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Time Start

Posted on August 31, 2012 | Posted in Construction

We have written about construction limitations issues before (see newsletters of January 2004 and November 2008) and, in addition to this newsletter, will no doubt do so again. The latest case, Hugh Munroe Construction Ltd. v. Moschuk, a 2012 decision of the Ontario Court of Appeal, discusses when a limitation period starts to run.


A corporate contractor assisted an owner in building a cottage on an island. The contractor provided barge services to transfer materials and parts to the island, repaired some of the owner’s construction equipment, installed a septic field, and supplied solar lights.

The work was done between 2000 and March 2007. The contractor sent its only invoice on June 22, 2009 for $182,000. On July 6, 2009, the owner informed the contractor that he had already paid for the goods and services, and, on November 24, 2009, the contractor commenced an action.

The owner brought a motion for summary judgment for an order dismissing the action on grounds that the two-year limitation period had expired before the contractor commenced the action.


The main issue was whether the plaintiff commenced its action within two years of discovering its claim. A claim is discovered when the claimant knows the following: a loss has occurred, the loss was caused by an act of the person against whom the claim is to be made, and a proceeding (e.g. an action) would be an appropriate means to seek a remedy. Lest ignorance be used as a defence, a claim is also discovered on the day that a reasonable person ought to have known of the claim.

The plaintiff argued that it first knew of its claim when it received the owner’s letter in July 2009 disavowing the debt. It explained its late delivery of the invoice by noting that its sole officer and director had died in 2008 and that his heirs needed some time to piece together the financial affairs of the contractor. It also argued that it did not normally bill its work until a project was fully completed and that it did not complete its work on the cottage until it delivered the solar lights in March 2007.

Motions Judge

The motions judge discussed when the claim began to run for services rendered, even assuming that the contractor and owner had a  contract that did not allow for invoicing until the completion of the project. He referred to a prior case. It held that a limitations start date did not occur as soon as a project was completed; a claimant would not know, at that time, that the payor would refuse to pay. Similarly, the postponement of the delivery of an invoice would not necessarily postpone the limitations start date; to do so would be to allow a claimant to postpone the start date indefinitely simply by failing to send the invoice.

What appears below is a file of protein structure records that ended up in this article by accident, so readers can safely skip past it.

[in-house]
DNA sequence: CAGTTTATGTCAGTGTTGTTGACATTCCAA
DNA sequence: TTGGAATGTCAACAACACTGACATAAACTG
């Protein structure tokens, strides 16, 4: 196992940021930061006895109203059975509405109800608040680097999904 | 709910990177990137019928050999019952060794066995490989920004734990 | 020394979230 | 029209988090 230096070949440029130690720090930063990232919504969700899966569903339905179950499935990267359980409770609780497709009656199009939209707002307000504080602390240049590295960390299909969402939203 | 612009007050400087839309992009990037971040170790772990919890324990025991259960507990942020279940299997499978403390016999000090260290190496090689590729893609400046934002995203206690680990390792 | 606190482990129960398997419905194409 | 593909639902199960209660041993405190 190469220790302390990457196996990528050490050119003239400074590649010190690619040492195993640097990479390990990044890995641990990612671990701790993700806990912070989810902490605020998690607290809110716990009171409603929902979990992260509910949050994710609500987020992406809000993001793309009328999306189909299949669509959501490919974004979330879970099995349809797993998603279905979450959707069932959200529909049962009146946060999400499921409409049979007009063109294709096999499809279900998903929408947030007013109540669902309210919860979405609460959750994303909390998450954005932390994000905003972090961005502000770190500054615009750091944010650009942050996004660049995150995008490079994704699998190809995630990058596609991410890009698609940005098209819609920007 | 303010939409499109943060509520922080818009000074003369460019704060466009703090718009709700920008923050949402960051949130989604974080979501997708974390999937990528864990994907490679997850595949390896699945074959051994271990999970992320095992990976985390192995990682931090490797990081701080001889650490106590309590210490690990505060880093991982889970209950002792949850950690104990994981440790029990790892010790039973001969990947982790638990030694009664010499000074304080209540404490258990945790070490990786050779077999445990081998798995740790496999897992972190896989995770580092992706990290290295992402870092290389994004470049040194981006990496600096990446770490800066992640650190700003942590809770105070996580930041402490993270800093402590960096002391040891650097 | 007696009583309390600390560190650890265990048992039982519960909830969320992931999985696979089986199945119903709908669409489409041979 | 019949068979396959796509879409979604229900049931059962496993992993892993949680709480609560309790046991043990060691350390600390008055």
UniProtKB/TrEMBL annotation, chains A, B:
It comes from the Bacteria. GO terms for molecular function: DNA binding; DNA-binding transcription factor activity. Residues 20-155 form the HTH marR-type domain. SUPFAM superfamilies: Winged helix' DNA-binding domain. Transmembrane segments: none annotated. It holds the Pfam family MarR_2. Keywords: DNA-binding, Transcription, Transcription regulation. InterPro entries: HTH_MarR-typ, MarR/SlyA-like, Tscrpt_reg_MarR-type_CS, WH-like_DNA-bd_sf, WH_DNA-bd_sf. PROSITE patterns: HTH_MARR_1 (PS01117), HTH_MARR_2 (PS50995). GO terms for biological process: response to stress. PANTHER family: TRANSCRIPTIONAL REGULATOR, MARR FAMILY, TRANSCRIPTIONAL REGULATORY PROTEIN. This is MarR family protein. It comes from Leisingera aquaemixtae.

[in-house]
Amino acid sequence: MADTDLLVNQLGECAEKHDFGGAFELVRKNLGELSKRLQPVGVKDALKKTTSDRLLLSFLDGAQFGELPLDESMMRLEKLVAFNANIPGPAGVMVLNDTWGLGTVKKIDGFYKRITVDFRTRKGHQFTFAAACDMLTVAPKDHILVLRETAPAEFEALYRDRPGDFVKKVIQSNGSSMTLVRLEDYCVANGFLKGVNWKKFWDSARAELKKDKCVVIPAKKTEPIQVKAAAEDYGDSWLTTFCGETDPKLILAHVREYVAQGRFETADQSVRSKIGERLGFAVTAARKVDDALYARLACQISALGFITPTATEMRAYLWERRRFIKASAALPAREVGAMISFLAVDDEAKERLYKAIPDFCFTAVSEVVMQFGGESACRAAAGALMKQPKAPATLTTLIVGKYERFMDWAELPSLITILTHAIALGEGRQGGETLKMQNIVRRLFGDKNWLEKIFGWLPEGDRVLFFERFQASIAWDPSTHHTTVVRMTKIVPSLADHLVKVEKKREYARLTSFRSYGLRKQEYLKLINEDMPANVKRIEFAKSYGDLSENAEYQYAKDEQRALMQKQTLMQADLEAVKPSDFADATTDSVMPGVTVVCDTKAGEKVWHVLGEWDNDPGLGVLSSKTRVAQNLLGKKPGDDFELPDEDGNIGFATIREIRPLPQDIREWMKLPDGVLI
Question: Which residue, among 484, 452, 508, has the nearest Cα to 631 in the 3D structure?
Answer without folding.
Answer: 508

The motions judge chose a two-pronged approach. A start date occurs once two events take place: a reasonable time expires for the claimant to deliver an invoice and a reasonable time expires for the payor to pay the invoice.

Using this formula, the judge decided that, if the contractor had acted in accordance with its stated practice of sending the account after the completion of all work, it would have sent the invoice within a reasonable time after March 2007. The judge decided that two months was a reasonable time. The fact that the sole director and officer died in 2008 was therefore irrelevant. He then decided, based on the contractor’s own evidence, that the owner would have had to pay within 30 days. That would have started the time running in June or July 2007. Since the contractor commenced the action in November 2009, the action was statute barred and was dismissed.

Given the judge’s decision, it was unnecessary for him to deal with the contractor’s contention that there was a single project and that, therefore, the 2000 work remained alive at least until the contractor delivered the final invoice. However, the judge also weighed in on that contention. He stated, There is no evidence that the parties entered into a contract that was to take seven years to complete and that in 2000, when the plaintiff repaired the defendant’s backhoe, the parties'(sic) also contemplated delivery of solar lights in 2007. There is also no evidence that the parties entered into a contract in 2000 which was amended from time to time through the years to 2007.”


The contractor appealed the decision. The Court of Appeal dismissed the appeal with a tersely worded decision. It noted that the contractor launched its action more than two years after the last work was done and more than two years after a reasonably timed invoice would have been sent and payment made or refused.

Although the Court of Appeal did not determine its test from first principles, it seems that we now have conclusive law to determine the date upon which a limitation period starts to run for services rendered. 

Unfortunately, the flexibility of the test is also its detriment. What is a reasonable time to send an invoice? What is a reasonable time in which to pay?


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